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Water splitting catalysis studied by real time Faradaic efficiency obtained by coupled electrolysis and mass spectrometry
Stockholm University, Faculty of Science, Department of Materials and Environmental Chemistry (MMK).
Stockholm University, Faculty of Science, Department of Materials and Environmental Chemistry (MMK).
Stockholm University, Faculty of Science, Department of Materials and Environmental Chemistry (MMK).
Stockholm University, Faculty of Science, Department of Materials and Environmental Chemistry (MMK).
2017 (English)In: ChemElectroChem, ISSN 2196-0216Article in journal (Refereed) Epub ahead of print
Abstract [en]

An experimental setup and routine is presented for evaluating potential catalysts for water splitting by means of measuring Faradaic efficiency in real time by coupled potentiometry and mass spectrometry. The aim was to simulate a potential industrial scale setup and generate results such as H2 production versus power input at a certain potential or current density in addition to electrochemical parameters. Three types of electrodes were tested: A) planar metal electrodes; B) metal foam based electrodes; C) porous electrodes with carbon additive. The results verify that the experimental routine yield desired accuracy, sensitivity and a negligible accumulation of gaseous products in the cell; thus the Faradaic efficiency is measured in real time. The metal based electrodes of category A and B proved to be durable with low overpotentials and high gas output to power input, whereas three tested metal oxide electrodes in C revealed (i) potential-dependent deviation in Faradaic efficiency, (ii) phase decomposition and (iii) an optimum operational power range.

Place, publisher, year, edition, pages
2017.
National Category
Chemical Sciences
Research subject
Inorganic Chemistry
Identifiers
URN: urn:nbn:se:su:diva-148175DOI: 10.1002/celc.201701086OAI: oai:DiVA.org:su-148175DiVA: diva2:1149964
Available from: 2017-10-17 Created: 2017-10-17 Last updated: 2017-10-18
In thesis
1. Water splitting by heterogeneous catalysis
Open this publication in new window or tab >>Water splitting by heterogeneous catalysis
2017 (English)Doctoral thesis, comprehensive summary (Other academic)
Abstract [en]

A sustainable solution for meeting the energy demands at our planet is by utilizing wind-, solar-, wave-, thermal-, biomass- and hydroelectric power. These renewable and CO2 emission-free energy sources are highly variable in terms of spatial and temporal availability over the Earth, introducing the need for an appropriate method of storing and carrying energy. Hydrogen has gained significant attention as an energy storage- and carrier media because of the high energy density that is exploited within the ‘power-to-gas’ process chain. A robust way of producing sustainable hydrogen is via electrochemical water splitting.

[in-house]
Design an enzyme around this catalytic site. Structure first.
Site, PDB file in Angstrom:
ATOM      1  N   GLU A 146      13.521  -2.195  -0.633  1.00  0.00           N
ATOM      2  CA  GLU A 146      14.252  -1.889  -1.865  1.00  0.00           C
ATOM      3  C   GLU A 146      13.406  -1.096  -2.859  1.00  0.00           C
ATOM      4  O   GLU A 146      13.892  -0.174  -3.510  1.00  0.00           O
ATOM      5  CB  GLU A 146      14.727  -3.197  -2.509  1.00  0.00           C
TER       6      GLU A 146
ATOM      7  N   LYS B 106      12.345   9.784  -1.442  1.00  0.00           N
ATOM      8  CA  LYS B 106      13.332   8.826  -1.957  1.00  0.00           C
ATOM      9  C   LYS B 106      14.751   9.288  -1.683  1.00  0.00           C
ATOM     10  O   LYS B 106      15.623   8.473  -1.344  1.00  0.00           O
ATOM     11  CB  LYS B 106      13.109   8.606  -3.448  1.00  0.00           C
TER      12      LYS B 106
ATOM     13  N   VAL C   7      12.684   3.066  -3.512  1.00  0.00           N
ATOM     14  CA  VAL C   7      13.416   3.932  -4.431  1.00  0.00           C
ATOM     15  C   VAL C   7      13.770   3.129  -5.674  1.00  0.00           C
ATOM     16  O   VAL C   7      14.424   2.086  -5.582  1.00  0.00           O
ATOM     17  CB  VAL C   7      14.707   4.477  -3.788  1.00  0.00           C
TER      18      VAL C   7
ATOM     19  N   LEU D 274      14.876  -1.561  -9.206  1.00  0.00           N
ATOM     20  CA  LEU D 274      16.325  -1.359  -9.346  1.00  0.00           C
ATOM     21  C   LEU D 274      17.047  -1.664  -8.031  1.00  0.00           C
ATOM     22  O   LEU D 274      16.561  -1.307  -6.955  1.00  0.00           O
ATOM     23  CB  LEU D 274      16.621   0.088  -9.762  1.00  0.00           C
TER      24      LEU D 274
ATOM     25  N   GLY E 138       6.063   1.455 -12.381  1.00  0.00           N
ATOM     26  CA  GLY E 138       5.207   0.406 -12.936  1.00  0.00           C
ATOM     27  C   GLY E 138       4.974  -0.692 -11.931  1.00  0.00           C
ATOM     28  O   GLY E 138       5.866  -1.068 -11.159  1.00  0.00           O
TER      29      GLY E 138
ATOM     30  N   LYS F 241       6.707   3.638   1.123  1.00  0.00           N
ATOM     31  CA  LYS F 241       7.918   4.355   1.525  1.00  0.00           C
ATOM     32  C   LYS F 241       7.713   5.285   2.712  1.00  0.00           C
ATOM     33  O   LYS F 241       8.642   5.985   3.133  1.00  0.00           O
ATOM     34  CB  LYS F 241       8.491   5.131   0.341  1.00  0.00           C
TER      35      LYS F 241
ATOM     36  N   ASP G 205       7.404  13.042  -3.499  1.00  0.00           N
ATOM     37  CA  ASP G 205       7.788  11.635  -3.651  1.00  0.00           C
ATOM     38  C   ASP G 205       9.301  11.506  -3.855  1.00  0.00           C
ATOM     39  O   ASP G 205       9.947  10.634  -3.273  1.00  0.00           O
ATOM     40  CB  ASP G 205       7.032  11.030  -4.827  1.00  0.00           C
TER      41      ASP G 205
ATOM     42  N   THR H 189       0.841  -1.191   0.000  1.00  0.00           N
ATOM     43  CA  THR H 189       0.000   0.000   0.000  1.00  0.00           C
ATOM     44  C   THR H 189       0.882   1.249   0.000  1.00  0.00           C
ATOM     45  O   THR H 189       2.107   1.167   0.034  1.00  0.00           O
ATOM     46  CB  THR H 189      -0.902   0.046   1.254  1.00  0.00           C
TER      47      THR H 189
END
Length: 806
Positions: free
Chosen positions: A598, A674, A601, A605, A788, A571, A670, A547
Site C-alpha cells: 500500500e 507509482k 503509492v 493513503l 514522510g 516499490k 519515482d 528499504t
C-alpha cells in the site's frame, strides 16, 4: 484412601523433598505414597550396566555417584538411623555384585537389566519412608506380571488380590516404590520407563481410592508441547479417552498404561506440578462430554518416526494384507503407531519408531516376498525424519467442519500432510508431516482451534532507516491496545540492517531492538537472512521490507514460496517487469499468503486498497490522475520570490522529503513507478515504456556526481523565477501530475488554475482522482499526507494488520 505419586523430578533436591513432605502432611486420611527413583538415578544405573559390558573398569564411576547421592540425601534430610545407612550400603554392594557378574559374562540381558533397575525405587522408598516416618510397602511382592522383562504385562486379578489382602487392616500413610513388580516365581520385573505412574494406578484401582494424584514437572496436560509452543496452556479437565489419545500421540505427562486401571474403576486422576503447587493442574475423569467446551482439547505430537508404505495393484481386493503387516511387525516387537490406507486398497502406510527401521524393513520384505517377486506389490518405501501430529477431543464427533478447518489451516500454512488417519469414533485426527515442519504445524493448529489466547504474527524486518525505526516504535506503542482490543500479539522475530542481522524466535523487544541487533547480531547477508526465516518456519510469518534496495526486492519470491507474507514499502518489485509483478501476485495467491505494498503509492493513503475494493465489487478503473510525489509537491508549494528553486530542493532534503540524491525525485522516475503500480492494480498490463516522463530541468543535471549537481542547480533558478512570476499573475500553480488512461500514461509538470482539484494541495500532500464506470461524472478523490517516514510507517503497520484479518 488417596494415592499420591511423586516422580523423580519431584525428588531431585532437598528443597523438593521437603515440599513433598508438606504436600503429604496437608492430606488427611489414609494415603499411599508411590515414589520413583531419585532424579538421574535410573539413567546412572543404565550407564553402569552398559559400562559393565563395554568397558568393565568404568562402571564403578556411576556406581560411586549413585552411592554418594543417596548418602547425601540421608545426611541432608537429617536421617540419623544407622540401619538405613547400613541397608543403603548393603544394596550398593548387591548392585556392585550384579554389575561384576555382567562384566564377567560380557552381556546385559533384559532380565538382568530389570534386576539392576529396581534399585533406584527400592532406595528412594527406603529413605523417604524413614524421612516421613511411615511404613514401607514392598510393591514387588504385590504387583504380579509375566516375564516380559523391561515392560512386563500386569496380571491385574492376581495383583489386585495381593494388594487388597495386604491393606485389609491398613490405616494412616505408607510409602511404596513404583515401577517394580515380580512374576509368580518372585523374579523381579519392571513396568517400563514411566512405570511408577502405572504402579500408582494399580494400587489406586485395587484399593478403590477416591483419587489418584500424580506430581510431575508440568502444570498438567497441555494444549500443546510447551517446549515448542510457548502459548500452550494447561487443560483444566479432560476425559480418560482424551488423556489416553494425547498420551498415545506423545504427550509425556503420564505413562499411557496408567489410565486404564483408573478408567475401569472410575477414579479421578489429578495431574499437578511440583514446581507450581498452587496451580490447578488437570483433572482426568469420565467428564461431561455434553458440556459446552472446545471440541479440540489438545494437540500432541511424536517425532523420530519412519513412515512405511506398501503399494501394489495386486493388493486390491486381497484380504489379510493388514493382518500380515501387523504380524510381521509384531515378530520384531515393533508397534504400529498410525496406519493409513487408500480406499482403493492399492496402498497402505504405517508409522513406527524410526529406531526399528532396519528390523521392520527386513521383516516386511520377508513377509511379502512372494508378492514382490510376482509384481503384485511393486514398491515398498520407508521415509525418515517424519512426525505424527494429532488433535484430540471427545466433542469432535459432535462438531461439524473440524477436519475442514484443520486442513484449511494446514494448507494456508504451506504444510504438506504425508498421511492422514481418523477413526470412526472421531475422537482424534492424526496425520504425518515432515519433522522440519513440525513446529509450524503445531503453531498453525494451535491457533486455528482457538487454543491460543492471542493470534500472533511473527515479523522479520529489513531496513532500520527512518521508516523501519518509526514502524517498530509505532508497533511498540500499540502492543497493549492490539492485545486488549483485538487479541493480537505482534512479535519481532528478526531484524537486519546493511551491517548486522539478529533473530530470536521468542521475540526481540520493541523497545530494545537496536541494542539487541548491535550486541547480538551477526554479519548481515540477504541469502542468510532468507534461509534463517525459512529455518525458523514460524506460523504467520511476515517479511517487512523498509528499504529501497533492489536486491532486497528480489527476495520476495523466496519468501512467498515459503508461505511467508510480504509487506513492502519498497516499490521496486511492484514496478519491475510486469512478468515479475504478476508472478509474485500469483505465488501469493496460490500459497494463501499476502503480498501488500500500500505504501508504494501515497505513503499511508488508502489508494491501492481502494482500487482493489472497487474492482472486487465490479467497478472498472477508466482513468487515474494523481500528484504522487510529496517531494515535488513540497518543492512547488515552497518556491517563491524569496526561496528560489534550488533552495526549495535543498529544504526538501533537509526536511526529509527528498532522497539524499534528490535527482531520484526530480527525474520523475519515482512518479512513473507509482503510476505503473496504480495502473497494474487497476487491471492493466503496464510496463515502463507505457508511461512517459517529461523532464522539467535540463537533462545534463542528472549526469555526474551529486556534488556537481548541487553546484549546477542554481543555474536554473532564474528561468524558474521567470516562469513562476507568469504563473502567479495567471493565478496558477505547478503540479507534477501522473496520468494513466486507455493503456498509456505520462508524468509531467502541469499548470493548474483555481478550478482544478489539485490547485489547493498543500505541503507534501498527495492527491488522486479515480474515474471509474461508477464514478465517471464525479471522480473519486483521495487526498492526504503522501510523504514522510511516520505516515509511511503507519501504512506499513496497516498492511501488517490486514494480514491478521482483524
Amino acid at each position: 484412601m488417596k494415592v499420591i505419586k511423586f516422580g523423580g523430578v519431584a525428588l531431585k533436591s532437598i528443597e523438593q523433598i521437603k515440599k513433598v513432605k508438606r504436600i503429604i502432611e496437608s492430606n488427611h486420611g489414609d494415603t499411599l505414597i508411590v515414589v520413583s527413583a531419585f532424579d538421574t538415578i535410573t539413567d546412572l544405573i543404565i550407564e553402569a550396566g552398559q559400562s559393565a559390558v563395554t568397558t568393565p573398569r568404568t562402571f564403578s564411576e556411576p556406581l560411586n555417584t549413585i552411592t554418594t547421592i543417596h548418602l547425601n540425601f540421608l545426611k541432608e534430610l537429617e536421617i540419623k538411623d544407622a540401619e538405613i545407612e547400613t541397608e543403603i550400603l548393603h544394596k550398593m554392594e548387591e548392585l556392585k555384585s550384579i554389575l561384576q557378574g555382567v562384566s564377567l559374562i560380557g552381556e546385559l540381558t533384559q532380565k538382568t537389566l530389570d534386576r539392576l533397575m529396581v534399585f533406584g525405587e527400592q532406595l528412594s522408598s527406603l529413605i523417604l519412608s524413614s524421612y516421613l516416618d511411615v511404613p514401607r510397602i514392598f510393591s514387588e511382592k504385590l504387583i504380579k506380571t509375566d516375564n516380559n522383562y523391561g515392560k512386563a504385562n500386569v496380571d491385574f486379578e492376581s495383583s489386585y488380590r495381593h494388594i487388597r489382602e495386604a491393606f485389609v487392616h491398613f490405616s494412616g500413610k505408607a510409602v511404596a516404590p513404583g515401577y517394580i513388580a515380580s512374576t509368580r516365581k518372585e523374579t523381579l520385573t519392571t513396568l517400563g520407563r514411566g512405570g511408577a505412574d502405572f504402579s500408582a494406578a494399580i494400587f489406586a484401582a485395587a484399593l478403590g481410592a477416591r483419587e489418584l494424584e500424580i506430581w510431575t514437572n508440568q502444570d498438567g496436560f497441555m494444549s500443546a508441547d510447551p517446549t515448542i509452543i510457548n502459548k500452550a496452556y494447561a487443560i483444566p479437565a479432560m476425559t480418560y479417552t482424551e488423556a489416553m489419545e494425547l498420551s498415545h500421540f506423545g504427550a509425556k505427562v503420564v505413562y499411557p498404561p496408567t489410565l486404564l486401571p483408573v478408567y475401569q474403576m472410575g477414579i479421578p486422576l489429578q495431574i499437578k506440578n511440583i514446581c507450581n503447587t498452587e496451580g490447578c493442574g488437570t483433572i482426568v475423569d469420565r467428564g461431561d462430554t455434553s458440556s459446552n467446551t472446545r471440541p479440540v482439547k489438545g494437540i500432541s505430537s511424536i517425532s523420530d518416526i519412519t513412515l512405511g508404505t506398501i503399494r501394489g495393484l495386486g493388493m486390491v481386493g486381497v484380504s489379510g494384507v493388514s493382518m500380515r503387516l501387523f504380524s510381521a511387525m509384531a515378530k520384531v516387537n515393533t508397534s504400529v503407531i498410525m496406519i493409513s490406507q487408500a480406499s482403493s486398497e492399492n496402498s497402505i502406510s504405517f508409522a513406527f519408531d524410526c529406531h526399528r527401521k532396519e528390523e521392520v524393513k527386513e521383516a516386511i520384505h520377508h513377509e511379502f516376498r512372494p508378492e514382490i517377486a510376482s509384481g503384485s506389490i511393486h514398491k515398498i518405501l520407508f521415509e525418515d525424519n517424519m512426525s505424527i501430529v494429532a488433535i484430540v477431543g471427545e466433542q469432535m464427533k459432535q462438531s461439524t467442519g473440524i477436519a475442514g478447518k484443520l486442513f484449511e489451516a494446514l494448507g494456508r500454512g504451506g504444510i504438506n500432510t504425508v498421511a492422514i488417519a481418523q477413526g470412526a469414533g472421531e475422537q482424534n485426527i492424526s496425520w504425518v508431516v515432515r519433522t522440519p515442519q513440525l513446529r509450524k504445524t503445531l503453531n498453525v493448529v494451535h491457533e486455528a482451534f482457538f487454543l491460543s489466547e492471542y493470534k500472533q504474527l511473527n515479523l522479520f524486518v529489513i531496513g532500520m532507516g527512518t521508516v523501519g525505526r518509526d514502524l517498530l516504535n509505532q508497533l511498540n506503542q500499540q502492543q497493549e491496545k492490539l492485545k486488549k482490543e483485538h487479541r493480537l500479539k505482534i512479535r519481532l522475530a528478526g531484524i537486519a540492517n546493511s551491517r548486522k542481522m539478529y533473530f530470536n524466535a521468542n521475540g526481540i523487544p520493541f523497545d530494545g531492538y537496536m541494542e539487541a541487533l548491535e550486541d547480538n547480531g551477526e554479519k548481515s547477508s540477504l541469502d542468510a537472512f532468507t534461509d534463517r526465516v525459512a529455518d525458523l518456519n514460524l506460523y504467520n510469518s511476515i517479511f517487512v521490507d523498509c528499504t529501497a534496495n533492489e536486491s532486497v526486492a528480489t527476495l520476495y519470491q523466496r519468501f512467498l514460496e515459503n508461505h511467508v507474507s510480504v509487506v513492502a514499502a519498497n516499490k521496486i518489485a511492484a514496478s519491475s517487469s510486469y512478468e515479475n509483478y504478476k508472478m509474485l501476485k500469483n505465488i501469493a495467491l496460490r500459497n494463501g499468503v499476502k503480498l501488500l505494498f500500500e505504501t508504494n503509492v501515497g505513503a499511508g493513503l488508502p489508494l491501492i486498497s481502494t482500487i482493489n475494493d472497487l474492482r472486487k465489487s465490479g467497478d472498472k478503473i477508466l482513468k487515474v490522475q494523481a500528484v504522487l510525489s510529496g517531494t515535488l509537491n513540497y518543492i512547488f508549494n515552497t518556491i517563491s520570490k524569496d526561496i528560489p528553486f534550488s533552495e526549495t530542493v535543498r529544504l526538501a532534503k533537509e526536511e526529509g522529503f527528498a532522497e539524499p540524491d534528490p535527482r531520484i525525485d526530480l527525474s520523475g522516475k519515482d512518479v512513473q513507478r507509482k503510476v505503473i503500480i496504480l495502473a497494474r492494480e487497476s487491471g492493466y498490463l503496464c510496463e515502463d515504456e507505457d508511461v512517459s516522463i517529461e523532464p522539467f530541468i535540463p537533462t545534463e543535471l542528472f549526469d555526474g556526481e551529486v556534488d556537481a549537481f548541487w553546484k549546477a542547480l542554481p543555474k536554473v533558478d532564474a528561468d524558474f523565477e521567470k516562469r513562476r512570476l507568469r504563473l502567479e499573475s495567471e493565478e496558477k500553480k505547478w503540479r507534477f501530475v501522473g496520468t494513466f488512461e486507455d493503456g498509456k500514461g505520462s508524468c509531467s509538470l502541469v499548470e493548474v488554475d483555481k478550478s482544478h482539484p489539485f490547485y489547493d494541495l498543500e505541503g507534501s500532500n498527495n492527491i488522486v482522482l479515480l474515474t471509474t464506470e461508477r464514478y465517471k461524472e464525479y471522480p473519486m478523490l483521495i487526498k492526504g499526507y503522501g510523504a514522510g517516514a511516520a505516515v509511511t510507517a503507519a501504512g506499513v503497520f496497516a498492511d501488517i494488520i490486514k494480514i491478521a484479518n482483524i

In this work the search for new heterogeneous catalyst materials with the aim of increasing energy efficiency in water splitting has involved methods of both electrochemical water splitting and chemical water oxidation. Some 21 compounds including metal- oxides, oxofluorides, oxochlorides, hydroxide and metals have been evaluated as catalysts. Two of these were synthesized directly onto conductive backbones by hydrothermal methods. Dedicated electrochemical cells were constructed for appropriate analysis of reactions, with one cell simulating an upscale unit accounting for realistic large scale applications; in this cell gaseous products are quantified by use of mass spectrometry. Parameters such as real time faradaic efficiency, production of H2 and O2 in relation to power input or overpotentials, Tafel slopes, exchange current density and electrochemical active surface area as well as turnover numbers and turnover frequencies have been evaluated.

Solubility, possible side reactions, the role of the oxidation state of catalytically active elements and the nature of the outermost active surface layer of the catalyst are discussed. It was concluded that metal oxides are less efficient than metal based catalysts, both in terms of energy efficiency and in terms of electrode preparation methods intended for long time operation. The most efficient material was Ni-Fe hydroxide electrodeposited onto Ni metal foam as conductive backbone. Among the other catalysts, Co3Sb4O6F6 was of particular interest because the compound incorporate a metalloid (Sb) and redox inert F and yet show pronounced catalytic performance.

In addition, performance of materials in water splitting catalysis has been discussed on the basis of results from electron microscopy, solubility experiments and X-ray diffraction data.

Place, publisher, year, edition, pages
Stockholm: Department of Materials and Environmental Chemistry, Stockholm University, 2017. 93 p.
Keyword
Faradaic efficiency, electrocatalysis, electrolysis, water oxidation, hydrogen reduction, H2, O2, mass spectrometry
National Category
Inorganic Chemistry
Research subject
Inorganic Chemistry
Identifiers
urn:nbn:se:su:diva-148181 (URN)978-91-7797-039-2 (ISBN)978-91-7797-040-8 (ISBN)
Public defence
2017-12-06, Magnélisalen, Kemiska övningslaboratoriet, Svante Arrhenius väg 16 B, Stockholm, 10:00 (English)
Opponent
Supervisors
Available from: 2017-11-13 Created: 2017-10-17 Last updated: 2017-11-03Bibliographically approved

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Svengren, HenrikChamoun, MyladGrins, JekabsJohnsson, Mats
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